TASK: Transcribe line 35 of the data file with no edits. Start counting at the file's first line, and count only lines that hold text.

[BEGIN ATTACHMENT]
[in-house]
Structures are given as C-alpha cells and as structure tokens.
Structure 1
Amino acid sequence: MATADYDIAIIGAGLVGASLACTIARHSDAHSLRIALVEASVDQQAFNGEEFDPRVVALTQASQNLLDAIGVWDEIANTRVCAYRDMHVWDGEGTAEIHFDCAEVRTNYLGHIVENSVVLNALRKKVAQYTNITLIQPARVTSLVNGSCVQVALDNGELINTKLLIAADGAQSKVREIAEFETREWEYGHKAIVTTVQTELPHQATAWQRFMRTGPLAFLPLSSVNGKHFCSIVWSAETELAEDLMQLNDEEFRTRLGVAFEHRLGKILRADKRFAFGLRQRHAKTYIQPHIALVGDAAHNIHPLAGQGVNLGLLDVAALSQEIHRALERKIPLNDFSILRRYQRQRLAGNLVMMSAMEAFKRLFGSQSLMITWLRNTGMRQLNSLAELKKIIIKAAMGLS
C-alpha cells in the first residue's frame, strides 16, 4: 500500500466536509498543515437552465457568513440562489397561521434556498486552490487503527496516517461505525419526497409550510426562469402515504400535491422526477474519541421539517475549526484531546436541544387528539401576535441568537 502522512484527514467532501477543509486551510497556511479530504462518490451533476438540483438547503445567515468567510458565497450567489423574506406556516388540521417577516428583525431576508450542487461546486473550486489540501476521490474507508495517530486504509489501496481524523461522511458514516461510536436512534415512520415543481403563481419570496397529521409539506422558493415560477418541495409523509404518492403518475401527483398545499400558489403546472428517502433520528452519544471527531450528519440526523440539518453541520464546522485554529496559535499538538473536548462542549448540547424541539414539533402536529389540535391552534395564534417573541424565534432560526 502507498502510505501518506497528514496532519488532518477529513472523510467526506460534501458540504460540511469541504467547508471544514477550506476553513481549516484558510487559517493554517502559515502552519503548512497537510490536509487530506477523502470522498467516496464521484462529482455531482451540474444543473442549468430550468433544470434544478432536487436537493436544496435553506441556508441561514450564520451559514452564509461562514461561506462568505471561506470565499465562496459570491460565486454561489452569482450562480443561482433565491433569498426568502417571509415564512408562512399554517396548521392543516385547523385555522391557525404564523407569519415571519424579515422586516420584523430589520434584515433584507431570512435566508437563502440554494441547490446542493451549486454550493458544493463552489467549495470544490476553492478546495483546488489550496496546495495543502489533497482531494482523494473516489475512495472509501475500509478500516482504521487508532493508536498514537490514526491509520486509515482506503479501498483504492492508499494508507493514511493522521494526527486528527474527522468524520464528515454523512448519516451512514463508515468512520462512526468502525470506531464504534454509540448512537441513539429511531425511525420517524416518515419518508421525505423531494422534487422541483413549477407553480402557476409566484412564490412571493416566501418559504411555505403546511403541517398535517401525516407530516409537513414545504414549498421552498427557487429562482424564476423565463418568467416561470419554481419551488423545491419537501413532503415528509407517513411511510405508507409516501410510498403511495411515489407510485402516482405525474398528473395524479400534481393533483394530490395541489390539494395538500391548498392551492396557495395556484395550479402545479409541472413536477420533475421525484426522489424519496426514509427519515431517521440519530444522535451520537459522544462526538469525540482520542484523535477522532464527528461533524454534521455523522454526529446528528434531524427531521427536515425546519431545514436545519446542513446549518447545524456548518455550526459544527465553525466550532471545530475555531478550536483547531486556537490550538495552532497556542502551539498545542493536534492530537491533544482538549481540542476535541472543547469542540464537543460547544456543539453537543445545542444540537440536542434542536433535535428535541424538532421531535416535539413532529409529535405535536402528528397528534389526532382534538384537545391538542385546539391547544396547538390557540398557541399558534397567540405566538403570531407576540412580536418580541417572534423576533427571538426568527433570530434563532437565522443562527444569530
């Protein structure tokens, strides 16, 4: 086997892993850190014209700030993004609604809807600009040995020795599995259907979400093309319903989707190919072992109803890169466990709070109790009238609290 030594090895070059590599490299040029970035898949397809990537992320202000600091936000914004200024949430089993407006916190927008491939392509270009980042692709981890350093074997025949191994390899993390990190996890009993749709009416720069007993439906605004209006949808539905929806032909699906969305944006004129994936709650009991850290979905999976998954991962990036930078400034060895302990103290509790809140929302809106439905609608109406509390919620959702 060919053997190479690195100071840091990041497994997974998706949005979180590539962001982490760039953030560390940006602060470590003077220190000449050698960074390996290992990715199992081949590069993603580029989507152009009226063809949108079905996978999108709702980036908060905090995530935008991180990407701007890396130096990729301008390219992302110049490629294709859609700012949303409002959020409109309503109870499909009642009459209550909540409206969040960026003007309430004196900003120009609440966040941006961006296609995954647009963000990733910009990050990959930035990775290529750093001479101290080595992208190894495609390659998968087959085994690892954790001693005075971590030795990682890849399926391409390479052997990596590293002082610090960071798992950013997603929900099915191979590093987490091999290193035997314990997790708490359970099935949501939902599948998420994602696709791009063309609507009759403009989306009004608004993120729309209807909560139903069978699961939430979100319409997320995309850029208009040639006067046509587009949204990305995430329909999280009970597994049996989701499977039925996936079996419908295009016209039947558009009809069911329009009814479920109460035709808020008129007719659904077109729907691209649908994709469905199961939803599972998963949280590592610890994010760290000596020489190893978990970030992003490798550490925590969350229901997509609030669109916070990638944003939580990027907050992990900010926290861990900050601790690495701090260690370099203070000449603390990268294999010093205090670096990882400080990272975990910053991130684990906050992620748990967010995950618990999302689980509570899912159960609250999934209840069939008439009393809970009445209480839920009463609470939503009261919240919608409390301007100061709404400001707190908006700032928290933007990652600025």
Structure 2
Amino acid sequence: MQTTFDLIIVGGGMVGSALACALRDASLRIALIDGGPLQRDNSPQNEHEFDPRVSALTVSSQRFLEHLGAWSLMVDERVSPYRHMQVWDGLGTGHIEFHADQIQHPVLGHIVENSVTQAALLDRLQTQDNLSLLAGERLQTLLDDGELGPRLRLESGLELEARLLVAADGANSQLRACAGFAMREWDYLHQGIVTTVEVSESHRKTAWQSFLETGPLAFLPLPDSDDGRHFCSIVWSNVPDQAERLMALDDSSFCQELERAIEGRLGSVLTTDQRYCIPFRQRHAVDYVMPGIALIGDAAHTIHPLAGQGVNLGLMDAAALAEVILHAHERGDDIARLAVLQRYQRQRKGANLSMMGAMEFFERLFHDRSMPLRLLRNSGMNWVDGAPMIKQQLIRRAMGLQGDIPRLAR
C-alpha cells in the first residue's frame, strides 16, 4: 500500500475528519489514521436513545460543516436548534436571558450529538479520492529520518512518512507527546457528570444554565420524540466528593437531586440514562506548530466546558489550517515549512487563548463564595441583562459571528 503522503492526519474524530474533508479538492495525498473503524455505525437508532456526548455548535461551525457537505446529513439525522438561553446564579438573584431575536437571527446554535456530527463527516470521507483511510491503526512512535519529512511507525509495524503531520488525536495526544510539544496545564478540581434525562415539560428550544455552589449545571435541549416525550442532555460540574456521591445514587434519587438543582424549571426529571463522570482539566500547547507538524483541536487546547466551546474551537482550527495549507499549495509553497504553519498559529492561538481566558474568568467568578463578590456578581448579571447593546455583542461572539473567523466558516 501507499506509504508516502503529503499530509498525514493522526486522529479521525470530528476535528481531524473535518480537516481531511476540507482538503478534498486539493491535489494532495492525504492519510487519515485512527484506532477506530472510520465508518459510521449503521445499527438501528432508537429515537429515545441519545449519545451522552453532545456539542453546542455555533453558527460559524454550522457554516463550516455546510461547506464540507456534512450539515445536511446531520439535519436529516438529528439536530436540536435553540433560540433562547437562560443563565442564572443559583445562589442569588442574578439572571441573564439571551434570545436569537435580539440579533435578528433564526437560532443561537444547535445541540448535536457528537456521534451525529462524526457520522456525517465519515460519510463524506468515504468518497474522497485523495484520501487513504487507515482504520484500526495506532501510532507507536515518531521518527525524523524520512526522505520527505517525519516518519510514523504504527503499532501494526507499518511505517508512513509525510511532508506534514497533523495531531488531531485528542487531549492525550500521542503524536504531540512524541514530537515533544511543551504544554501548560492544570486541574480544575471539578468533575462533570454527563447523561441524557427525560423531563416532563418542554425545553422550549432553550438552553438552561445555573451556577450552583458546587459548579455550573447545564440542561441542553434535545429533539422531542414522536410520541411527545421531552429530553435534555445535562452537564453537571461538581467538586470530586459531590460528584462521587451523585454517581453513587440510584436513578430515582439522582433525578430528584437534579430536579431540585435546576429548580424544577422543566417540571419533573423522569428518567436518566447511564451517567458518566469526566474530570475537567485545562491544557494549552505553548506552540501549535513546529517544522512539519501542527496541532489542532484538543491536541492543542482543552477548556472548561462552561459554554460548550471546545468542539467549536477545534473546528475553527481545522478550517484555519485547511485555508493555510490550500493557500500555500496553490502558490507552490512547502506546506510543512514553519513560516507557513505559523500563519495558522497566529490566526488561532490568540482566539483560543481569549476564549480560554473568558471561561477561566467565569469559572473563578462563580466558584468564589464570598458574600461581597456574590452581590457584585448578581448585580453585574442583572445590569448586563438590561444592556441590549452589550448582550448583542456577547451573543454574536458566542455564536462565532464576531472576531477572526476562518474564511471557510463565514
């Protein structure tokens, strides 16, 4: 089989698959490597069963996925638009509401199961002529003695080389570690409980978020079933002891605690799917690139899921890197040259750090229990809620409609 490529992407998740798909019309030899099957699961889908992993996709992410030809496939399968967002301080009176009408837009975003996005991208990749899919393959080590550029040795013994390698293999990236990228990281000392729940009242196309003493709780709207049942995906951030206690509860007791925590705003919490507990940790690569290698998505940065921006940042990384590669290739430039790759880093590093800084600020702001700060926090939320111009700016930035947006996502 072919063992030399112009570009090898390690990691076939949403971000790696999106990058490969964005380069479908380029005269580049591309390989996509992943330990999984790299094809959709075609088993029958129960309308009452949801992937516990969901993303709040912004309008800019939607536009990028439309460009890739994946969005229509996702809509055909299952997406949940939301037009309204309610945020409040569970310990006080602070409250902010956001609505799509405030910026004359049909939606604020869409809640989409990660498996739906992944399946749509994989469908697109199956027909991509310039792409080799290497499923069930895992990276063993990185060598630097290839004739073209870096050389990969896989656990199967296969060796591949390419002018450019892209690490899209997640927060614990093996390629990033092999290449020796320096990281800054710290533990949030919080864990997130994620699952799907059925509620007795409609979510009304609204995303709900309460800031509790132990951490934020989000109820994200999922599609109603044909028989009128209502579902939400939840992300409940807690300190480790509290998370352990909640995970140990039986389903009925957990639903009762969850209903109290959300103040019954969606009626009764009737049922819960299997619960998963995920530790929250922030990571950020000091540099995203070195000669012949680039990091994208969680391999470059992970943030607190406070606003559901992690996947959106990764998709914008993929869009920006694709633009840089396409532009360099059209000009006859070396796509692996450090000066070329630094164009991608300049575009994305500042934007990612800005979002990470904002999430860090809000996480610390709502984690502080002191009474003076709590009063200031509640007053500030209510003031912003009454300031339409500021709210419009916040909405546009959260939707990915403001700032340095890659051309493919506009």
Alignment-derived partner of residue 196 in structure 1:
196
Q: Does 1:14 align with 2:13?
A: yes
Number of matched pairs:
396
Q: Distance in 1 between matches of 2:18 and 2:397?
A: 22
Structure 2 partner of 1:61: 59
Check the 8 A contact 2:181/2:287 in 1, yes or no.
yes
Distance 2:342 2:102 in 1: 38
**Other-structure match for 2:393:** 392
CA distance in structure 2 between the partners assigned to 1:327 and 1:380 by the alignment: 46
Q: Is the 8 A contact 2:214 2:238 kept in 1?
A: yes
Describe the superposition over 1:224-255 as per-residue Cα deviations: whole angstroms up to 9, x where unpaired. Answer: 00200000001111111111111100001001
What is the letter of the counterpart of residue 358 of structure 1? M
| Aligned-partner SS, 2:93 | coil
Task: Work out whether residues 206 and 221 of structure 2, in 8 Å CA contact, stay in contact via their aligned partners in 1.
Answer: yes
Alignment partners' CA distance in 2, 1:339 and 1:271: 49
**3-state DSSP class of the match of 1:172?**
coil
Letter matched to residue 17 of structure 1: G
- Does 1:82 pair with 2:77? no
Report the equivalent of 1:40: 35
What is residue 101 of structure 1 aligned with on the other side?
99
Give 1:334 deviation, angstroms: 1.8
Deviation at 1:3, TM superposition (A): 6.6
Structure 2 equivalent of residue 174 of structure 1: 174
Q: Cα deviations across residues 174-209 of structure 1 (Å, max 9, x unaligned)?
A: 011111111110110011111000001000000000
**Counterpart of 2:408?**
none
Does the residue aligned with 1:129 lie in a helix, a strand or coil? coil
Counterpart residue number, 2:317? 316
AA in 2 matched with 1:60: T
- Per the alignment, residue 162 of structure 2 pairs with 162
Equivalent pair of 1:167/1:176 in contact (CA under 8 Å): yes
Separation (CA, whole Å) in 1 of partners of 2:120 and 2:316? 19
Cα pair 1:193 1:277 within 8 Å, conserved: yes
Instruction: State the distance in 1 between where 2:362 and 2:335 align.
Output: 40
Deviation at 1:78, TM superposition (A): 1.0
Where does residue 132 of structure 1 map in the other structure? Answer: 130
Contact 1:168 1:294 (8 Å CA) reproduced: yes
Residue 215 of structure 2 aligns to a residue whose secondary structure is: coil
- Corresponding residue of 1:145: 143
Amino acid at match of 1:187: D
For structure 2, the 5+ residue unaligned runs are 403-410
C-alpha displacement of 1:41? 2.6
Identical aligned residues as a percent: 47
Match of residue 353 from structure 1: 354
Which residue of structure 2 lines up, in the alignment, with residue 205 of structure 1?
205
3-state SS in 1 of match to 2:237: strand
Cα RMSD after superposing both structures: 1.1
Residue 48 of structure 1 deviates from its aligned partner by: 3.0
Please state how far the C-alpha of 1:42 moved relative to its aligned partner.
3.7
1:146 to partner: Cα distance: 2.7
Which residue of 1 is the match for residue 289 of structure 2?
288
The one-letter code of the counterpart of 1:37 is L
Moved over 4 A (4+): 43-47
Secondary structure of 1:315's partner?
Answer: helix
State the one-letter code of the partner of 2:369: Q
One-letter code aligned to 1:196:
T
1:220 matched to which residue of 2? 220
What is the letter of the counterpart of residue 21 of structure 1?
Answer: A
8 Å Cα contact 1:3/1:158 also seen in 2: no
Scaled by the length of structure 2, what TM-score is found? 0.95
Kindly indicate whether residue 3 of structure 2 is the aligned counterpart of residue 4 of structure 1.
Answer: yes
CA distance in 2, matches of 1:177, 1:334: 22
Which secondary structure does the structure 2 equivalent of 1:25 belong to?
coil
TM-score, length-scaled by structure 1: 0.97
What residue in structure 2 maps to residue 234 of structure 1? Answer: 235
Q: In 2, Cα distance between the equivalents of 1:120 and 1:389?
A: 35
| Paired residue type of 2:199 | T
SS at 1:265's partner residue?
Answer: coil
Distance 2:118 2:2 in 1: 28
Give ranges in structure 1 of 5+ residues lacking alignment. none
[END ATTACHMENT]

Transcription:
Letter matched to residue 17 of structure 1: G